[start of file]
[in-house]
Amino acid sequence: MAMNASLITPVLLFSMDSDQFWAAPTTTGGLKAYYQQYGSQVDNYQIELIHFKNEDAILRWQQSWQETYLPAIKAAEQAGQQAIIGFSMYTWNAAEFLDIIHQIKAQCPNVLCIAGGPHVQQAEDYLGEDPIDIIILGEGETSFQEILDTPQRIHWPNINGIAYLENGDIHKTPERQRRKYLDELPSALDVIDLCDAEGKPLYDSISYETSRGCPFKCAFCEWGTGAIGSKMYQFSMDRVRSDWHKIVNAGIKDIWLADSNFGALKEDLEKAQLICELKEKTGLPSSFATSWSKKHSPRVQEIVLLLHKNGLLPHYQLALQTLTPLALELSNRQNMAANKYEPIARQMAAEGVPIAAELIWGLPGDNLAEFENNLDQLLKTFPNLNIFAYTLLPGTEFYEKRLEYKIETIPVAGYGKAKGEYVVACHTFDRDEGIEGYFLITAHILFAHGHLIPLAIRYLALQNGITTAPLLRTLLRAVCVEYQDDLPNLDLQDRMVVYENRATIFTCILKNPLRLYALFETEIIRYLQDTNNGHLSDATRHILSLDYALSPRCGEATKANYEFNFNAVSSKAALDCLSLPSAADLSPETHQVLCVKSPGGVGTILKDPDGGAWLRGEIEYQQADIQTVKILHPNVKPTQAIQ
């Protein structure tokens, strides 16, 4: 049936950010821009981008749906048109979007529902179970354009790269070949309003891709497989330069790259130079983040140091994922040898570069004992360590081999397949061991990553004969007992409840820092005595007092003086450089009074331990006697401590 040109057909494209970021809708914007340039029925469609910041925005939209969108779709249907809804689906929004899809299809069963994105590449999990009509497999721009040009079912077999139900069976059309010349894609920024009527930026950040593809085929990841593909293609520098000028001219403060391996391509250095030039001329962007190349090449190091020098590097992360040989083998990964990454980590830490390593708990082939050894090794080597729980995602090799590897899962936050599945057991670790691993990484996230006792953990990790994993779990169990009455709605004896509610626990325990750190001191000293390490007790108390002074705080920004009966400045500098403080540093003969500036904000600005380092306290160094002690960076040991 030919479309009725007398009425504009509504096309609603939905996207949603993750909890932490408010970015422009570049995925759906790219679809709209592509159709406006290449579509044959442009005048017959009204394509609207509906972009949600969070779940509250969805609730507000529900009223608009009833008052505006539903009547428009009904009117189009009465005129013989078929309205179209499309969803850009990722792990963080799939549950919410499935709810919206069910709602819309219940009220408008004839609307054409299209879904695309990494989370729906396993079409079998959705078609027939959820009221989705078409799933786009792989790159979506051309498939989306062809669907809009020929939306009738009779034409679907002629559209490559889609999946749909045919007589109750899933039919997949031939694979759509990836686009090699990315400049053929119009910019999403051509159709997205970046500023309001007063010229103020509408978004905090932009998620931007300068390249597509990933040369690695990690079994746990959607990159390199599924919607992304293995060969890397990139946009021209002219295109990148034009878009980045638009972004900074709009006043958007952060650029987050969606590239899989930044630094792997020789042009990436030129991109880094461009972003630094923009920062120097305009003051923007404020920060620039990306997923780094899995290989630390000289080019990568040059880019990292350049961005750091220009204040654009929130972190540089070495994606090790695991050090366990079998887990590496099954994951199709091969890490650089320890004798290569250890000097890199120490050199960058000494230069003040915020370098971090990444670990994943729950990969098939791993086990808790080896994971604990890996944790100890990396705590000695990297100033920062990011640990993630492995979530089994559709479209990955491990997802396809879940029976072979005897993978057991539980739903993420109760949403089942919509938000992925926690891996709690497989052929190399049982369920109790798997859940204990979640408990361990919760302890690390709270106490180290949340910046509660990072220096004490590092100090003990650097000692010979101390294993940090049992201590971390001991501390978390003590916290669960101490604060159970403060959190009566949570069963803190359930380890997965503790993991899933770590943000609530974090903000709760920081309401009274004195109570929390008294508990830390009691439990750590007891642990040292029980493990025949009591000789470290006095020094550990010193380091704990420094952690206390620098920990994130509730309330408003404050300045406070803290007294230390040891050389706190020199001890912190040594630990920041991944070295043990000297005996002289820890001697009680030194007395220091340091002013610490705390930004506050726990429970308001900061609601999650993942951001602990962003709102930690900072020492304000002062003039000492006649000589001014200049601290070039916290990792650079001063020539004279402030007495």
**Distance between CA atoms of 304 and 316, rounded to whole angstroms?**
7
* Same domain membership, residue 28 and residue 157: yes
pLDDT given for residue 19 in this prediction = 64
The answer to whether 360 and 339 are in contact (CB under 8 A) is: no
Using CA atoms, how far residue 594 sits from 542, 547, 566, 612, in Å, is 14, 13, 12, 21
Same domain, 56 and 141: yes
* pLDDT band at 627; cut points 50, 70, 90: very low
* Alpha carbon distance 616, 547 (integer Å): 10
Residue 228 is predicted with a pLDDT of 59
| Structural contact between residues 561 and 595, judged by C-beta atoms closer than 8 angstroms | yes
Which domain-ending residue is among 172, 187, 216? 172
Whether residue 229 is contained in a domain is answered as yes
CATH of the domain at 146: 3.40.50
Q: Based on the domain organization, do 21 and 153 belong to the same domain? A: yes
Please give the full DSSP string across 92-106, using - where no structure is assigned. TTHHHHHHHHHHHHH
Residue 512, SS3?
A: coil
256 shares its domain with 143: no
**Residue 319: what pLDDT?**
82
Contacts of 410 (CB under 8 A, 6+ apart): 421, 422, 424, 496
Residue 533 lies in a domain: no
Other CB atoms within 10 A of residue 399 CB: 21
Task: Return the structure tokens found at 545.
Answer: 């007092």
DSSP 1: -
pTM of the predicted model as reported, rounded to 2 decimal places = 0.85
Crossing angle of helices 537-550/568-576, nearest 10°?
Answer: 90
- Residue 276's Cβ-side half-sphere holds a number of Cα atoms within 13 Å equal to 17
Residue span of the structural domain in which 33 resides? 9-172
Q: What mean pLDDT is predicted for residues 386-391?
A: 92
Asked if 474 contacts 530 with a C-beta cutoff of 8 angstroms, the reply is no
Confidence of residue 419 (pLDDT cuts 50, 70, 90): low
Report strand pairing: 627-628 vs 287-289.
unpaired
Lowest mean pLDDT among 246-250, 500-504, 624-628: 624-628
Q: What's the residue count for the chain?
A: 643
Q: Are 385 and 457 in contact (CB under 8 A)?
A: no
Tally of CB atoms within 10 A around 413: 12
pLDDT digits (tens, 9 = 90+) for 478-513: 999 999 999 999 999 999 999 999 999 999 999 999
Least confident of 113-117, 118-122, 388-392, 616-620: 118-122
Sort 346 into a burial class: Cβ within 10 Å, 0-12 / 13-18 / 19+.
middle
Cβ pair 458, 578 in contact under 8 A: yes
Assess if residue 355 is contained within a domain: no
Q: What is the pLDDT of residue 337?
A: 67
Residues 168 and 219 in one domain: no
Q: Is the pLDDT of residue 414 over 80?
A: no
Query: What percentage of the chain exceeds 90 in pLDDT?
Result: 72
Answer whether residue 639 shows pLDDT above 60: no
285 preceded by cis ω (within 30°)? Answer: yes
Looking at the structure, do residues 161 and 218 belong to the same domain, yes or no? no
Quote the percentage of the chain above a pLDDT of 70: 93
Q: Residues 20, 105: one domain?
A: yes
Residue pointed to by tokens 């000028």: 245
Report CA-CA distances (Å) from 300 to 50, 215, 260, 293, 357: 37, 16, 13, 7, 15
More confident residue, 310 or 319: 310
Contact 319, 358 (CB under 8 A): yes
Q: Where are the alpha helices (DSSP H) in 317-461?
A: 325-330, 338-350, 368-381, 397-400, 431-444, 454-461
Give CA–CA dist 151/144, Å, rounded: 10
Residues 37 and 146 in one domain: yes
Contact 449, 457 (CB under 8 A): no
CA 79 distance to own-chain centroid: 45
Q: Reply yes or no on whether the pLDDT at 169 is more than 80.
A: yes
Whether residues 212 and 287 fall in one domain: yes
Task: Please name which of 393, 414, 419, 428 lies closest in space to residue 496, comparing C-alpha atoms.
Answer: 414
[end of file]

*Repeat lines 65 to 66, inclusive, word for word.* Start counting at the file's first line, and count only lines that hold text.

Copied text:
Q: Residues 20, 105: one domain?
A: yes